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How to talk to your child about the death of the Queen



This blog post is one that I never expected to be writing – of course, I never thought that the Queen would live forever. But even though I knew this intellectually, I had not thought about it as a reality.


The news has come as a shock to my family. We are not particularly royalist or the opposite, but the resulting change in tv and radio content, the news broadcasts which are understandably full of this subject, and the potential for disrupted or changed routines around bank holidays and school days has left our daughter feeling unsettled.


For me, personally, all the focus on tributes and remembrance has brought back emotions of losing my grandparents nearly 15 years ago. I never knew the Queen, obviously, but the death of an elderly person is always linked in my brain somehow to my own personal bereavement experience – possibly this is autistic empathy at its finest. My daughter is feeling sad as she liked the idea of a queen (she wanted the royal succession to skip to Princess Charlotte so that we could continue to have a girl on the throne!) as well as feeling sad about an important old lady dying.


This is quite a brief post but I wanted to share some resources that might help your girl to understand what has happened:


Resources to help to explain death to your child


So I thought that we would think first perhaps about explaining death to your child.


  • I have found this article on the Marie Curie website very helpful. It is not autism-specific, but has some good advice.

  • There is also a very good page on the National Autistic Society website about grief and autism. It has some useful links at the bottom to other sources of support, should you feel they would be useful.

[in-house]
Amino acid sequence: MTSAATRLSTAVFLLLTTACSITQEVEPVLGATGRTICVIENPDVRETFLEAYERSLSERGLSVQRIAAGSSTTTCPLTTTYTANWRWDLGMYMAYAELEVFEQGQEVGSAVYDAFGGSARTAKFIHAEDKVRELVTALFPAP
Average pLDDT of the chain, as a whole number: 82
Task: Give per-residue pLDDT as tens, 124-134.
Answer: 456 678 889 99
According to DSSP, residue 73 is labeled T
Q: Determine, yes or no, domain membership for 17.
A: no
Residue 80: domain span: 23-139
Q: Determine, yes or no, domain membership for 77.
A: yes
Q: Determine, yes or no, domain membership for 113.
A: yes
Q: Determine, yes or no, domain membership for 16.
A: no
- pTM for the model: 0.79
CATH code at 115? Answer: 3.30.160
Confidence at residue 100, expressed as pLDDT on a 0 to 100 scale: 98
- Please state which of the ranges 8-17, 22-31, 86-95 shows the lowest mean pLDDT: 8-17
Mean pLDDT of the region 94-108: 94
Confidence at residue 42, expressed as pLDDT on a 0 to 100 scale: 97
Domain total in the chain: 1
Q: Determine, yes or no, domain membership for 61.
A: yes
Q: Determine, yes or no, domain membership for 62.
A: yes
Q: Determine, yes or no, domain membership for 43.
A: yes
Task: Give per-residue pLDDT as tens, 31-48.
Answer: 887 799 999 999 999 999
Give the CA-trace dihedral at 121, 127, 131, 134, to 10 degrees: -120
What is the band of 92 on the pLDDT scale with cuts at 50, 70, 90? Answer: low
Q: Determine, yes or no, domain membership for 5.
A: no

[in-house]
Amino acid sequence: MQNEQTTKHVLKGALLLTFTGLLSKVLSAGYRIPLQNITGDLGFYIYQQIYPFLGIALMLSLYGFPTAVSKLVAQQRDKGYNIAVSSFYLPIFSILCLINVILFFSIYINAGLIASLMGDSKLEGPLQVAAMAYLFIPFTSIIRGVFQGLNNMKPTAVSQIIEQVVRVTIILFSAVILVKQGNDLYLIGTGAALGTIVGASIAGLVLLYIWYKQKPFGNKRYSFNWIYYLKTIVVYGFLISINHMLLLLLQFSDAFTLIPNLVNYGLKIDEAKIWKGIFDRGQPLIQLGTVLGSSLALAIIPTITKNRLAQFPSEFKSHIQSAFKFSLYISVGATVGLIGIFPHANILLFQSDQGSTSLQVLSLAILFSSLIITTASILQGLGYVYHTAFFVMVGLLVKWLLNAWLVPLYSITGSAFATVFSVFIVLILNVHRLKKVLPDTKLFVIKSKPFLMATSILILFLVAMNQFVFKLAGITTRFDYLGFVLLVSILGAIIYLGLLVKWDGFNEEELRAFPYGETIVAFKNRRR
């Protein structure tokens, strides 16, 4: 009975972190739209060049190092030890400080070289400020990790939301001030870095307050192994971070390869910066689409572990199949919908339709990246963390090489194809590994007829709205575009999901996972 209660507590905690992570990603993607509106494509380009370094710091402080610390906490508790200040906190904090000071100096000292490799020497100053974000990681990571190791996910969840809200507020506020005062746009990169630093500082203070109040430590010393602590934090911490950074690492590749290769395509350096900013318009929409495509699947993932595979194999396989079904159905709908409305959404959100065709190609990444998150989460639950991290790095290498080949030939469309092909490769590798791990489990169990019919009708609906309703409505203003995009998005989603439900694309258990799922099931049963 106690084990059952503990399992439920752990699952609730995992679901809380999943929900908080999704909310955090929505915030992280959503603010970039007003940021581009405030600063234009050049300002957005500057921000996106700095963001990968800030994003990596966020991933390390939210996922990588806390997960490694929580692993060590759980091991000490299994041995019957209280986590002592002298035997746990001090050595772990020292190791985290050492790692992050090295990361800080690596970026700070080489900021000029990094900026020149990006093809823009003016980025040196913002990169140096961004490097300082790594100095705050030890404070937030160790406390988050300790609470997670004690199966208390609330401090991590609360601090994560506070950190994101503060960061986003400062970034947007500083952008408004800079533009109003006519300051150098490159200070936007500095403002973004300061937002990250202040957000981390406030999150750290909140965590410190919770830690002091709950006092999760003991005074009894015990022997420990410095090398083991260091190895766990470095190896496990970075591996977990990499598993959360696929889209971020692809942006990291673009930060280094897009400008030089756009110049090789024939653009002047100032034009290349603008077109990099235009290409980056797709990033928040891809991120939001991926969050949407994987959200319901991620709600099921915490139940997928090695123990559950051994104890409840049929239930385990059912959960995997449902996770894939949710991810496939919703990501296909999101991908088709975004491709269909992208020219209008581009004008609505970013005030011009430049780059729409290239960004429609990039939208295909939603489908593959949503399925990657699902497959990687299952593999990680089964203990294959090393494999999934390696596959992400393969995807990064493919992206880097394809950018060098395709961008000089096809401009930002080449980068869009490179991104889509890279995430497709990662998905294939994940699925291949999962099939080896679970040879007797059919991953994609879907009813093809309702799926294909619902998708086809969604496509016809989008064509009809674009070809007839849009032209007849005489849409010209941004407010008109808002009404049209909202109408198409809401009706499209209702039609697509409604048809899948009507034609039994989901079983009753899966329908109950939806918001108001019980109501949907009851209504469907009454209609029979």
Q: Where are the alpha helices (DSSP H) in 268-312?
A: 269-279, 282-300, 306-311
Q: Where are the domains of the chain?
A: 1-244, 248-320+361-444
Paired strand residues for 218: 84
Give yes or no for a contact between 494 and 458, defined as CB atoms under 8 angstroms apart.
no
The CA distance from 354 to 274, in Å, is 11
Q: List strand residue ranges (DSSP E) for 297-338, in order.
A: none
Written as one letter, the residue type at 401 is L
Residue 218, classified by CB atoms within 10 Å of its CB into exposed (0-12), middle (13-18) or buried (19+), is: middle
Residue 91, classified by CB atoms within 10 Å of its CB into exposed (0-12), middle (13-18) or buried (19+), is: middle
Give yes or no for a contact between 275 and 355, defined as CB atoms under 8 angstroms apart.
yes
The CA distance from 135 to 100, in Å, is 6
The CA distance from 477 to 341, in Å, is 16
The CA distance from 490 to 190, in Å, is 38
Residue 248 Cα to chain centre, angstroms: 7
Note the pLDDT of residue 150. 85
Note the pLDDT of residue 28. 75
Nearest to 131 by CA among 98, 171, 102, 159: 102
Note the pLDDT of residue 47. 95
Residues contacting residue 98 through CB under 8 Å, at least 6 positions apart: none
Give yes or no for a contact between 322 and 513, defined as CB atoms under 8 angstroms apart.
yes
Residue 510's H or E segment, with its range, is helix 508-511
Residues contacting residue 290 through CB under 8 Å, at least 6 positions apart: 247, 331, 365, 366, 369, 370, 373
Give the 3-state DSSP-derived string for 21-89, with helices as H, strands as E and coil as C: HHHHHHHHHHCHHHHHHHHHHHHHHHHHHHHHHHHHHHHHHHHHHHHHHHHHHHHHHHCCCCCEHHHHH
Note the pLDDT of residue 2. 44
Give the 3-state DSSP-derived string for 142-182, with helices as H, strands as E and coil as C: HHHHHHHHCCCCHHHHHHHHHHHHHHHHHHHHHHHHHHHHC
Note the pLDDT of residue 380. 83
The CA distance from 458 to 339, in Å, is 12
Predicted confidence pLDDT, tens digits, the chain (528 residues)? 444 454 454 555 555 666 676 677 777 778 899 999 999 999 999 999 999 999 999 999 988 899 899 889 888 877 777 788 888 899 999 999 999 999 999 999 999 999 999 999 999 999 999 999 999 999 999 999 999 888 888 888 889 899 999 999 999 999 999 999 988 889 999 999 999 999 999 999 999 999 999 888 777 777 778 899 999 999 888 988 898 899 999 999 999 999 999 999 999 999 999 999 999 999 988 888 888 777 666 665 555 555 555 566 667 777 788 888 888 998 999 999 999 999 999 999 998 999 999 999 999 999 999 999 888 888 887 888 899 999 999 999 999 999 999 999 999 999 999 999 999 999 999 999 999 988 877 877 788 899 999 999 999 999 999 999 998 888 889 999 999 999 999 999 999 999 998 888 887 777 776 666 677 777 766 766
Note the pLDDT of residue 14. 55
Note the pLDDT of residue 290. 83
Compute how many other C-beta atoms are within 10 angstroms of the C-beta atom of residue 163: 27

Resources to help to explain about the Queen’s death


The Newsround website has been very good at breaking down the news into understandable chunks for children. Today there is a lot of information on the Newsround homepage about the Queen and her life. As the homepage will be updated at some point, here is the link to the main article explaining about her life.


Resources to help your child to cope with change


The start of the academic year is a time of change in any case. The extra changes that have been brought by the Queen’s death may be unsettling for your child. We have already found this morning that every radio station that we tune into on the way to school was playing sombre music and talking non-stop about the Queen and people’s memories of her life.


Whilst some may prefer to talk non-stop about it, for others it may be a constant reminder that change is occurring and it may not be easy to adapt. Tv scheduling may well be very different for a few days, and sports fixtures have been called off. If your child has routines that involve live tv, radio or sport, then this may be difficult for them to understand and they might find it difficult to cope without these familiar rituals.


It’s also worth keeping an eye out for whether or not your child’s school will close for an extra day or two, and when the state funeral will be taking place, so that you can prepare your child for these routine changes in advance.


  • Although not specific to this situation, the National Autistic Society has a guide to dealing with change that might be useful.

  • There’s a good article by an autistic adult on the Autisphere – with some helpful tips.


How your child may process the situation


Finally, remember that not all of us process emotional upheaval in the same way or at the same speed. Your child may appear unaffected now and then suddenly appear to be distressed out of the blue. Or they may be very upset and want to talk constantly about the Queen. Or they may appear baffled as to why anyone is upset over an old lady dying who very few people actually knew in person. All of these reactions are perfectly normal, and all need to be given space and understanding.


Laura Webb is a director of NeonDaisy



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